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The Deputy Minister of Information and Communications, Sheka Tarawalie, has told the International Telecommunications Union’s Annual Regional Development Forum for Africa held in Kigali, Rwanda, that “later this year, Sierra Leone will join and enjoy the benefits of the fibre optic experience as most modern nations are doing today.” (L to R) Minister of State Information and Communications Technology of Uganda, Hon. Nyombi Thembo, Deputy Minister of Information and Communications of Sierra Leone, Hon. Sheka Tarawalie, Minister of Information and Communications of Kenya, Hon. Samuel L. Poghisio, Minister of State Communication and Information Technology of Ethiopia, Hon. Peter G. Gey)
The Minister, when given the podium on Thursday 10th May to share the Sierra Leonean ICT experience alongside ministers from Uganda, Ethiopia, Kenya, and Rwanda, said when the government of President Ernest Bai Koroma assumed office in 2007 there was virtually no existing project on ICT “the virtual most important tool for concrete and sustainable socio-economic development in any nation today. However, because we found a visionary leader in President Ernest Bai Koroma, who knows the great impact that ICTs would have on the people’s lives, we have not only been able to land the first submarine fibre optic cable, but we have secured funding for the construction of the terrestrial backbone and sub-regional interconnection which will see cities, towns and villages within Sierra Leone not only being connected but also connected to cities, towns, and villages in the sub-region. We are on the verge of reaching the summit from which we as a nation can properly view the ICT horizon, with all it’s immense opportunities, including mass employment especially for the youth.”
Minister Tarawalie maintained that President Koroma’s commitment and seriousness about the ICT revolution is underlined by the decision to form the ICT Council, of which “the President himself is Chairman of a council. that has representatives from virtually all sectors of society including the disabled, women, and youths.”
He further explained that in-between the imminent fibre optic connection and what they inherited, Government, through the Ministry of Information and Communications, has been able to set up resource centers for ICT access to the public through VSAT installations, and that wi-fi spots have been provided to the university and the airport. He also stated that government has provided e-learning facilities for the university and tele-medicine amenities for the main hospital in Freetown linking them with universities and hospitals outside Sierra Leone respectively. He said Government’s desire to provide equitable access to ICTs informed the setting up of the Universal Access Development Fund, and that it is also such a desire that has caused the proposed divestiture of at least 50% shares of the Sierra Leone Cable Limited (SALCAB – the special purpose vehicle set up for the landing and sustainability of the fibre optic cable) to the public. He also said the pilot e-government programme is underway, as well as a project on cyber security.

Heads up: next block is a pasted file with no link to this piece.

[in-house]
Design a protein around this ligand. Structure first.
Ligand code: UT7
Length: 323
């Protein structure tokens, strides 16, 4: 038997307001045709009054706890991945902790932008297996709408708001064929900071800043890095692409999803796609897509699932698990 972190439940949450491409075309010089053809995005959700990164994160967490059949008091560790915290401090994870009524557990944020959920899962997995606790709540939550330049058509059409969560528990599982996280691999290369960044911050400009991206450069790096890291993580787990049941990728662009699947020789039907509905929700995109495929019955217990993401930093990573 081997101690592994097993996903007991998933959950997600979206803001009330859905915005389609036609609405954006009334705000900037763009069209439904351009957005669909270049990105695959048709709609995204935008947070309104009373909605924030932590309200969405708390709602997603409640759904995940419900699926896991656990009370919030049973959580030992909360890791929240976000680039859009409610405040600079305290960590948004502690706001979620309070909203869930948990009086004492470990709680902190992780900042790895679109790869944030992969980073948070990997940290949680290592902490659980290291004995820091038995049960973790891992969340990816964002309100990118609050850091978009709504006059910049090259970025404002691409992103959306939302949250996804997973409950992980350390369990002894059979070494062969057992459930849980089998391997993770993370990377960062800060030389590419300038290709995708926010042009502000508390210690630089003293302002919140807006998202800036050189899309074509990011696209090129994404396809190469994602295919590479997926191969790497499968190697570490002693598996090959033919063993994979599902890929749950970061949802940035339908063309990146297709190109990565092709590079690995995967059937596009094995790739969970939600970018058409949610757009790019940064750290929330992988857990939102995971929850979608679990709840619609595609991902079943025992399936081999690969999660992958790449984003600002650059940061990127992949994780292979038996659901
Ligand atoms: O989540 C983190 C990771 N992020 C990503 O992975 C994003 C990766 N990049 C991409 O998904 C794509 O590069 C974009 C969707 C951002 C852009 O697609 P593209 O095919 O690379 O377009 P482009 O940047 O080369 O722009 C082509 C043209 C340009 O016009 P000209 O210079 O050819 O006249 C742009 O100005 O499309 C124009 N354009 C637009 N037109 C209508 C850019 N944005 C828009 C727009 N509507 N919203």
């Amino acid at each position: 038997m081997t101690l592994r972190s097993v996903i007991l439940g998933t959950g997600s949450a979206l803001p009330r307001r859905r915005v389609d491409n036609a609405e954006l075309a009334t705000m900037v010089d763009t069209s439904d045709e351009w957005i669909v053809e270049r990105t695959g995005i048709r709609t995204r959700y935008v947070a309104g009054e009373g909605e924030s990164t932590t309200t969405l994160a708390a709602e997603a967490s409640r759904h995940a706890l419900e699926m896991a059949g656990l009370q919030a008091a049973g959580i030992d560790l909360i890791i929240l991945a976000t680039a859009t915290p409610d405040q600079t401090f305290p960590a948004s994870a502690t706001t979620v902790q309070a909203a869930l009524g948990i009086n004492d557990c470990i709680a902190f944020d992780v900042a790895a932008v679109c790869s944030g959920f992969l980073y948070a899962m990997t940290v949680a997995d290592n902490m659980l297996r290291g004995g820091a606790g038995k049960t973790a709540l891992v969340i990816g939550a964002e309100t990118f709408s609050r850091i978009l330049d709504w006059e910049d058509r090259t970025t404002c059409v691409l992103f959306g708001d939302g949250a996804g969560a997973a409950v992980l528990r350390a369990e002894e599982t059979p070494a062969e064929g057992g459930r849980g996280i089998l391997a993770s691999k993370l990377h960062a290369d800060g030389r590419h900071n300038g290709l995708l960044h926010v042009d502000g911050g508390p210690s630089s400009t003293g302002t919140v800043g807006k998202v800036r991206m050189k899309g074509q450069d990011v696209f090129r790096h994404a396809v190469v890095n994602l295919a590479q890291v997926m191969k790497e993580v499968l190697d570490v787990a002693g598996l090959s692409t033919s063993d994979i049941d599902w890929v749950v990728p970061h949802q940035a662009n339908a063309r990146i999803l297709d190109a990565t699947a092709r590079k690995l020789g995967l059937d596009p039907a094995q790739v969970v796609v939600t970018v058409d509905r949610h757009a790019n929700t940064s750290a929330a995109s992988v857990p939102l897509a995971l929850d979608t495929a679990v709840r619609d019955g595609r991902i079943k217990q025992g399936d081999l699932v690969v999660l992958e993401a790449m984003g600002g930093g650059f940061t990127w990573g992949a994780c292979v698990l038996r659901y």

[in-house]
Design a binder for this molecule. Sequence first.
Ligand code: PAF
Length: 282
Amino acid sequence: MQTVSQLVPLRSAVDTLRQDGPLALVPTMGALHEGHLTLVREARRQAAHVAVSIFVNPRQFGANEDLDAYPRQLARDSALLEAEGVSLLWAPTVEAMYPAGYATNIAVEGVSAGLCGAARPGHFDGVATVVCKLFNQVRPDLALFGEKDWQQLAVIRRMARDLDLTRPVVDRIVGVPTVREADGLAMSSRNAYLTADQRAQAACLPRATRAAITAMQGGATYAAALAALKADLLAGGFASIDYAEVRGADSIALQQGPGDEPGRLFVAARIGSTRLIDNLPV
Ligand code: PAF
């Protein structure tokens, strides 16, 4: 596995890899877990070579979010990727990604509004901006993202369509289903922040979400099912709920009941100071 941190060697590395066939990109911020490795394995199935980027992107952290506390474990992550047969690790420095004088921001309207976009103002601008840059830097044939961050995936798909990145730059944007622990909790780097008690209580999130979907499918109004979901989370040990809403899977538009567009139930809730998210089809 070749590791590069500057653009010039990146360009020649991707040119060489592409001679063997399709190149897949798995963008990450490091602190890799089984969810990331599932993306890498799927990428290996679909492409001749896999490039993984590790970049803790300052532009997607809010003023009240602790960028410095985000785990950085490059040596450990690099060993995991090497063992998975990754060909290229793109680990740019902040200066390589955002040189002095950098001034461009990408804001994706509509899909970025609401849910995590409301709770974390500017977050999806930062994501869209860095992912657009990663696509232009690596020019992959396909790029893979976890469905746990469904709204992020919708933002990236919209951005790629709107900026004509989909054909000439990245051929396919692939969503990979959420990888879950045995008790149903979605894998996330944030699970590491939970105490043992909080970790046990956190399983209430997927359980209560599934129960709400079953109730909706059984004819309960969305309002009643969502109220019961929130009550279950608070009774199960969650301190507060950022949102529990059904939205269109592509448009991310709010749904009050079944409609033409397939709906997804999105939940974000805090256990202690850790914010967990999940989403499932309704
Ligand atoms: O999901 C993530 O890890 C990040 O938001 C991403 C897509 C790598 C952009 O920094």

The minister concluded his presentation by stating that Sierra Leone’s strides at embracing ICT in full are being recognized by influential international organizations like the ITU, and that in June this year the Commonwealth Telecommunications Organization (CTO) will be hosted in Freetown at the rural communities connectivity forum, “which will certainly raise my country’s profile internationally and at the same time raise awareness locally on the inevitable significance of ICT in our world today.”
In the afternoon of the same day, the Deputy Minister chaired the session on Collaborations, Partneships and Membership’ to highlight how equitable access to ICTs can be achieved through collaboration and partnerships including Public and Private Partnerships (PPPs). The panelists of that session included Dr. Speranza Ndege, ITU Broadband Commissioner and Lecturer at the Institute of Open, Distnce & e-Learning at Kenyatta University, Kenya; Dr. Zouli Bonkoungou, Telcoms and ICT Consultant of the African Union Commission; and Dr. Edmund Katito, Acnting Head of the NEPAD eAfrica Programme – about whom Chairman Tarawalie said “it’s a privilege chairing a panel of doctors.”
Minister Tarawalie was accompanied by the Deputy Secretary in the Ministry of Information & Communications, Gilbert Cooper. Also attending the conference were Commissioner Kabia and Musa Nurr Kamara from the National Telecommunications Commission (NATCOM).
The conference was officially opened by Rwanda’s Prime Minister, Rt. Hon. Pierre Damien Habumuremyi.
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